Small grant leads to big changes for Tanzanian girls

Kisa mentors with Chris

Kisa mentors on a climb of Mount Kilimanjaro with Curt Harris in 2018.

By Curt Harris, past governor, Rotary District 5450

Although I joined Rotary in 1997, it wasn’t until I had the opportunity to travel to Tanzania to climb Mount Kilimanjaro as a Rotary-sponsored fundraiser three years later that I really felt I had become a Rotarian.

This was my first opportunity to visit a developing country and see first-hand what poverty looks like. It is quite an eye-opener. I also got to observe some of the great things that Rotary was doing in the area. On that trip, our team of 11 climbers raised nearly $300,000 to support the Selian Hospital in northern Tanzania. Three years later, I returned with a smaller team, raising $125,000 to help build Selian Hospital’s new sister facility near downtown Arusha. Continue reading

Prevent gender based violence

Elsa Marie D’Silva, 2016 Rotary Peace Fellow.

By Elsa Marie D’Silva, Rotary Peace Fellow alumna, Chulalongkorn University, Bangkok, Thailand

During the lockdown enforced due to COVID-19, I have been reaching out to all my friends to see how they are doing. The other day I happened to call one of my girl friends who I know has been in an abusive relationship to find out if she was fine. She answered my call and we exchanged pleasantries. In the midst of the conversation she suddenly went quiet and then started to talk in riddles. I immediately sensed that all was not right and asked her if her partner was around. She could not even answer with a “yes” or “no” and so I quickly reassured her that I understood her situation and we could communicate further on WhatsApp. Continue reading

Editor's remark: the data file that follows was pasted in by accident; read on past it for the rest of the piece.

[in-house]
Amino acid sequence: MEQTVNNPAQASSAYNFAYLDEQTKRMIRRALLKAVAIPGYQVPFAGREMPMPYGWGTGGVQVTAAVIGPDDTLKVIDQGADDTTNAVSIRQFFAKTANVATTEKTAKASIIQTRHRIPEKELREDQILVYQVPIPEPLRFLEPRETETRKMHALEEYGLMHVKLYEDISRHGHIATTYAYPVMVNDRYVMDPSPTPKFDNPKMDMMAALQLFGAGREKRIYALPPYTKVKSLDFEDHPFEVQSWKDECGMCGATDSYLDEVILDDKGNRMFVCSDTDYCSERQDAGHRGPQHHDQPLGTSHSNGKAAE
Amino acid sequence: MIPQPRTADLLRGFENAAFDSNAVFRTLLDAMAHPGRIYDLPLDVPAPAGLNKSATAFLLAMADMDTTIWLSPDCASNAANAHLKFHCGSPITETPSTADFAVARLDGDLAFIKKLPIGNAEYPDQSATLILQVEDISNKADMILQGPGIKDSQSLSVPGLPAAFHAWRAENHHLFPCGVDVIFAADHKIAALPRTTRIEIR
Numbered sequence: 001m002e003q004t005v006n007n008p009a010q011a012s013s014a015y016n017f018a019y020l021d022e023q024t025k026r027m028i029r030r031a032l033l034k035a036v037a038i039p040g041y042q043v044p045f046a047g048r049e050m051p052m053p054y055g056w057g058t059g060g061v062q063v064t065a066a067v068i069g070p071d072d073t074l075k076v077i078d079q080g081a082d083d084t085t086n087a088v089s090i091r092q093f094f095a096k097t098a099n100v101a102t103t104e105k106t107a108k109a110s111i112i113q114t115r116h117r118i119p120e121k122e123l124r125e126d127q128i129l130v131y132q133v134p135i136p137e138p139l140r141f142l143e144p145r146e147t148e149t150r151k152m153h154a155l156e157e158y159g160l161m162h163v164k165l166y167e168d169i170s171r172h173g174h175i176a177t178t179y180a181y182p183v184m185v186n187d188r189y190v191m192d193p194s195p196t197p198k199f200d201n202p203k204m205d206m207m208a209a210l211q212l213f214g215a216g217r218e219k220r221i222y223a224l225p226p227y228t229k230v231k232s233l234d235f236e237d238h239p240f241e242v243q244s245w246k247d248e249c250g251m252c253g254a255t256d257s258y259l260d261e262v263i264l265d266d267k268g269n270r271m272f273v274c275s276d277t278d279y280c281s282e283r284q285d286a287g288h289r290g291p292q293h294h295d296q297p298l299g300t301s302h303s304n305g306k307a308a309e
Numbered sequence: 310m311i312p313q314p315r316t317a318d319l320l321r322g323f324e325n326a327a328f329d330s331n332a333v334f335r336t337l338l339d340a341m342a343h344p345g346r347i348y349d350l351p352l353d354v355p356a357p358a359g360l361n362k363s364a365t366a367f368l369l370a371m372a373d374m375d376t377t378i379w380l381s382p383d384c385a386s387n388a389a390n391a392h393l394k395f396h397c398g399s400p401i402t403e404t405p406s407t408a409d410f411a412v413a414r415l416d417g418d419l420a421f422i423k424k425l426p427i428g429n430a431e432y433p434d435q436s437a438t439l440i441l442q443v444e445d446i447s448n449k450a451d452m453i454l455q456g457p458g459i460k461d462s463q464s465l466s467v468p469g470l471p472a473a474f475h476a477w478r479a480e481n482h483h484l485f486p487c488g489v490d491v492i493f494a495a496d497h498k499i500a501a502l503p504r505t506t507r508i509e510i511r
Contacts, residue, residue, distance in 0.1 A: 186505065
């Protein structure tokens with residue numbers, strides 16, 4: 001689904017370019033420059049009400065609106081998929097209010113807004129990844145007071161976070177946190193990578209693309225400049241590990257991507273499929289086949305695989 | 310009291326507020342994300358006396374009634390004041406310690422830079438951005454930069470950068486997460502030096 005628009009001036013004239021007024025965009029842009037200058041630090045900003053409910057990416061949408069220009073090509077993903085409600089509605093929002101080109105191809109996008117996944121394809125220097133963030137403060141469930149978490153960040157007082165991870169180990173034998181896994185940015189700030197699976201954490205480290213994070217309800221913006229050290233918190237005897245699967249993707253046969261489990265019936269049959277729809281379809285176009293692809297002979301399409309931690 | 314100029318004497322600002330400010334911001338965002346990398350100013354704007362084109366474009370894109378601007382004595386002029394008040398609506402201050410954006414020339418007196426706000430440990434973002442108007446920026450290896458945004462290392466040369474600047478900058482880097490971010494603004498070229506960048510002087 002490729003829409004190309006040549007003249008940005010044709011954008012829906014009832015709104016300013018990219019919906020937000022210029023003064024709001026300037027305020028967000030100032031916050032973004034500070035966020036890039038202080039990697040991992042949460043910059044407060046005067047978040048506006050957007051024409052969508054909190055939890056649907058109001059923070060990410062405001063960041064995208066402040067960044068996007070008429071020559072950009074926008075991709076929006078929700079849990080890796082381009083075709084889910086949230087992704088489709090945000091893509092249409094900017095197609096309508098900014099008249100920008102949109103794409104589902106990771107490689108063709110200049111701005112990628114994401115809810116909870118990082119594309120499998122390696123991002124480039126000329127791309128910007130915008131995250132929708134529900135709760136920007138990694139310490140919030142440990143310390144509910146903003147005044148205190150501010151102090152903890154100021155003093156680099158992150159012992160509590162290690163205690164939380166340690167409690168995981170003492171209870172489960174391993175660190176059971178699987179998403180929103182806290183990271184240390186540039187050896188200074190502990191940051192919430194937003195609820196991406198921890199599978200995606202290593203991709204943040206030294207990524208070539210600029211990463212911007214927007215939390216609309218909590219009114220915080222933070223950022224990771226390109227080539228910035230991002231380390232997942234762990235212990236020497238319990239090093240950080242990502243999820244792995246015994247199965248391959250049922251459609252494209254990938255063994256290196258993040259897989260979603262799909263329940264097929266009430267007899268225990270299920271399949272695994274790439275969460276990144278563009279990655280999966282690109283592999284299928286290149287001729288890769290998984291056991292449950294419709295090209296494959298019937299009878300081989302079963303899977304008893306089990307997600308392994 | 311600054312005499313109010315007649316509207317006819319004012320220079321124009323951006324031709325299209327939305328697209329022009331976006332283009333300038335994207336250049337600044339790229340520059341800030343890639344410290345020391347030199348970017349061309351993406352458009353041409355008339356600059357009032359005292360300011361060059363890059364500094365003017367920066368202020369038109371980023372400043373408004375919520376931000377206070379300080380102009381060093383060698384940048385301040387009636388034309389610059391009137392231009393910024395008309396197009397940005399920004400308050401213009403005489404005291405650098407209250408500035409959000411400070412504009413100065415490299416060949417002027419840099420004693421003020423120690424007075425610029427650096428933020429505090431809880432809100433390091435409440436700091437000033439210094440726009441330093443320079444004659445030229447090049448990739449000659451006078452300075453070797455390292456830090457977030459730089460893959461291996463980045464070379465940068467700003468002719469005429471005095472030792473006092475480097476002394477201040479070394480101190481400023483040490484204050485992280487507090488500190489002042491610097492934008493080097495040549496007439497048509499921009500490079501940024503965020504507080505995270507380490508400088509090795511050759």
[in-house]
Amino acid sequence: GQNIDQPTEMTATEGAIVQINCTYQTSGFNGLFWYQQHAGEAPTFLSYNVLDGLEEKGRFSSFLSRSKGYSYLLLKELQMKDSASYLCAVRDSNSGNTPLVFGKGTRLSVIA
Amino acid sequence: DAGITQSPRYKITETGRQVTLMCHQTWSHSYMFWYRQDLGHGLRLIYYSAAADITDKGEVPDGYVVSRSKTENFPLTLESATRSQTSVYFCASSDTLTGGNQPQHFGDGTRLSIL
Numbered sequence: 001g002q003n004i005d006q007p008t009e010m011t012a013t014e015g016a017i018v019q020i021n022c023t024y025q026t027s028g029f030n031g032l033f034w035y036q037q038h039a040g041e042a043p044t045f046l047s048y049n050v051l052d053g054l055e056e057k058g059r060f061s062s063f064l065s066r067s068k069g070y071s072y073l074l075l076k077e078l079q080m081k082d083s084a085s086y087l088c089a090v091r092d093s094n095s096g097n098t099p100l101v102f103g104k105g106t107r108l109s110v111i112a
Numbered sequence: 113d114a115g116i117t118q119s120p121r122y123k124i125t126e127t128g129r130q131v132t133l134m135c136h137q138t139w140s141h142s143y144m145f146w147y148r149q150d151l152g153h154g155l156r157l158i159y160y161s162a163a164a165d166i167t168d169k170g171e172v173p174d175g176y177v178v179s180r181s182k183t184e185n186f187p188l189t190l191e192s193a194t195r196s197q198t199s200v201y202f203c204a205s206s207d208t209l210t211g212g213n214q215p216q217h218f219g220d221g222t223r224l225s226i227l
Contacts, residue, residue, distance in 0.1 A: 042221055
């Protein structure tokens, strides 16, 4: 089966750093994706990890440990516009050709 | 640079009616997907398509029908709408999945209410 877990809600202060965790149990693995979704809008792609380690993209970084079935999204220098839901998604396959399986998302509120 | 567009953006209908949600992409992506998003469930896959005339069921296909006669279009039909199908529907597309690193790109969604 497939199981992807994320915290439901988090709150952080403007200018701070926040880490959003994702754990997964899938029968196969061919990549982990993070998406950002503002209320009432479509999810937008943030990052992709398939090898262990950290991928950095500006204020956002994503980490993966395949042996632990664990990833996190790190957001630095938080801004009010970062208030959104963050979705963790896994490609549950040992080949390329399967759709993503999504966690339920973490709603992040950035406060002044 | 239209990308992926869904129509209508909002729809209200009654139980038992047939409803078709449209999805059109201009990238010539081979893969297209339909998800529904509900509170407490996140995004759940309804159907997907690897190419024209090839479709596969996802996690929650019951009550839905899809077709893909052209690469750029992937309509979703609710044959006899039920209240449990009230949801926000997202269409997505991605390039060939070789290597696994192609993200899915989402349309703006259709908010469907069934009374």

How women lead differently

By Kathleen Rose, vice president of the Rotary Club of Gilroy, California, USA

I attended the Rotary International Convention in Hamburg, Germany, in June, to widen my own leadership experience as I prepare to serve as club president next year. I was asked to present a breakout session entitled Women’s Leadership Skills: Strengthening Our Rotary Legacy. What an experience! Although I have been a scholar of leadership for many years, have written on the subject often, and have had the opportunity to speak nationally, it was a thrill to present to an international audience of Rotary leaders who are clearly motivated change agents.

If ever there were a time to focus on the work of leadership, the development of leadership skills, and the debate around qualified leadership, it is now. Continue reading

Empowering women in Colombian prisons

Exercise class.

Charlie Ruth Castro leads an exercise class for inmates.

Charlie Ruth Castro

By Charlie Ruth Castro, Rotary E-Club of Sogamoso Global, Colombia

I had to go to prison to understand how education for innovation is the path for empowering millions of Latin American and Caribbean women economically. I’ve never committed a crime; I belong to that group of people who believe education is the most sophisticated tool we have to opening any door.

In 2016, I founded MujeresConDerechos.org with the idea of reminding society that all girls and all women are powerful. For this reason, I have dedicated myself to gathering the most influential leaders through summits, marches, and a television program. The attention and support I have received has been converted into generating innovative programs for girls and women most in need. Continue reading

New award celebrates success of women in Rotary

Tory Paxson, right, with Dr. Sylvia Whitlock.

By Tory Paxson, Rotary Club of Boothbay Harbor, Maine, USA

On Tuesday, 13 June, we sat down in a cool auditorium in the Carter Center in Atlanta, Georgia, for the first annual Women in Rotary Event. The four of us sitting together were all women, all members of my Rotary club, and all at our very first Rotary International Convention. We were unaware of the impact this event was about to have on us. But then, the lights began to dim. Continue reading